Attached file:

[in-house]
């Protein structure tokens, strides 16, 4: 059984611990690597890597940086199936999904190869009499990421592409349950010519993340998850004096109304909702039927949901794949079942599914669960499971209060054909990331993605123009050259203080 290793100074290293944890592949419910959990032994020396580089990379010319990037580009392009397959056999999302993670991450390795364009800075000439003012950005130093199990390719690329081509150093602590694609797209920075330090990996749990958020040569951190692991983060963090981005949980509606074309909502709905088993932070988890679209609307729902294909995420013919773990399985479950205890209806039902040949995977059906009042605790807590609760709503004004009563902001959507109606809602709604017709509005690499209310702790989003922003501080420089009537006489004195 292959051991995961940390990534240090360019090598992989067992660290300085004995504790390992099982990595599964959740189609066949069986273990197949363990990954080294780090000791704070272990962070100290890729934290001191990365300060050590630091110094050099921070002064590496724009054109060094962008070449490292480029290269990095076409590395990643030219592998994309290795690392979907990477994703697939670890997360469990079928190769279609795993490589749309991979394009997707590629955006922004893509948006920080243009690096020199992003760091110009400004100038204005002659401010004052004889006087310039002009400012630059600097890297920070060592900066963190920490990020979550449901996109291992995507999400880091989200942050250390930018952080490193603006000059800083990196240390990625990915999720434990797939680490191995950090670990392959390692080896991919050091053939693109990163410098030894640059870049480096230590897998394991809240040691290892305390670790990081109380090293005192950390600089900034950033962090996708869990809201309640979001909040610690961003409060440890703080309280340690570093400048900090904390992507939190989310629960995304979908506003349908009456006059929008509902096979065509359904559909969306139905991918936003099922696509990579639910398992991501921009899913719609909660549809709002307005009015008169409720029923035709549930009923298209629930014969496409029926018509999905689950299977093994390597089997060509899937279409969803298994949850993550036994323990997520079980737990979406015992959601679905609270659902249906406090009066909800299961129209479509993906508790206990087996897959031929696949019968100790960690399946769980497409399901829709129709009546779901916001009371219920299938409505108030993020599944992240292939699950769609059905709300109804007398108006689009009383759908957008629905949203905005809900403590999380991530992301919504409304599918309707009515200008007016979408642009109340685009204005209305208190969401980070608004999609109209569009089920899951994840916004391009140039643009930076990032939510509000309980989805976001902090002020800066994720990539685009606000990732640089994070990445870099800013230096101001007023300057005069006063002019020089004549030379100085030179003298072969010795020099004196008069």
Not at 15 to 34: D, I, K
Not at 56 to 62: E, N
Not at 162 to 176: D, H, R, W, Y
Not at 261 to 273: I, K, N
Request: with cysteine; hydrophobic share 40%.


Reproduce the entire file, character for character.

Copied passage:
[in-house]
């Protein structure tokens, strides 16, 4: 059984611990690597890597940086199936999904190869009499990421592409349950010519993340998850004096109304909702039927949901794949079942599914669960499971209060054909990331993605123009050259203080 290793100074290293944890592949419910959990032994020396580089990379010319990037580009392009397959056999999302993670991450390795364009800075000439003012950005130093199990390719690329081509150093602590694609797209920075330090990996749990958020040569951190692991983060963090981005949980509606074309909502709905088993932070988890679209609307729902294909995420013919773990399985479950205890209806039902040949995977059906009042605790807590609760709503004004009563902001959507109606809602709604017709509005690499209310702790989003922003501080420089009537006489004195 292959051991995961940390990534240090360019090598992989067992660290300085004995504790390992099982990595599964959740189609066949069986273990197949363990990954080294780090000791704070272990962070100290890729934290001191990365300060050590630091110094050099921070002064590496724009054109060094962008070449490292480029290269990095076409590395990643030219592998994309290795690392979907990477994703697939670890997360469990079928190769279609795993490589749309991979394009997707590629955006922004893509948006920080243009690096020199992003760091110009400004100038204005002659401010004052004889006087310039002009400012630059600097890297920070060592900066963190920490990020979550449901996109291992995507999400880091989200942050250390930018952080490193603006000059800083990196240390990625990915999720434990797939680490191995950090670990392959390692080896991919050091053939693109990163410098030894640059870049480096230590897998394991809240040691290892305390670790990081109380090293005192950390600089900034950033962090996708869990809201309640979001909040610690961003409060440890703080309280340690570093400048900090904390992507939190989310629960995304979908506003349908009456006059929008509902096979065509359904559909969306139905991918936003099922696509990579639910398992991501921009899913719609909660549809709002307005009015008169409720029923035709549930009923298209629930014969496409029926018509999905689950299977093994390597089997060509899937279409969803298994949850993550036994323990997520079980737990979406015992959601679905609270659902249906406090009066909800299961129209479509993906508790206990087996897959031929696949019968100790960690399946769980497409399901829709129709009546779901916001009371219920299938409505108030993020599944992240292939699950769609059905709300109804007398108006689009009383759908957008629905949203905005809900403590999380991530992301919504409304599918309707009515200008007016979408642009109340685009204005209305208190969401980070608004999609109209569009089920899951994840916004391009140039643009930076990032939510509000309980989805976001902090002020800066994720990539685009606000990732640089994070990445870099800013230096101001007023300057005069006063002019020089004549030379100085030179003298072969010795020099004196008069």
Not at 15 to 34: D, I, K
Not at 56 to 62: E, N
Not at 162 to 176: D, H, R, W, Y
Not at 261 to 273: I, K, N
Request: with cysteine; hydrophobic share 40%.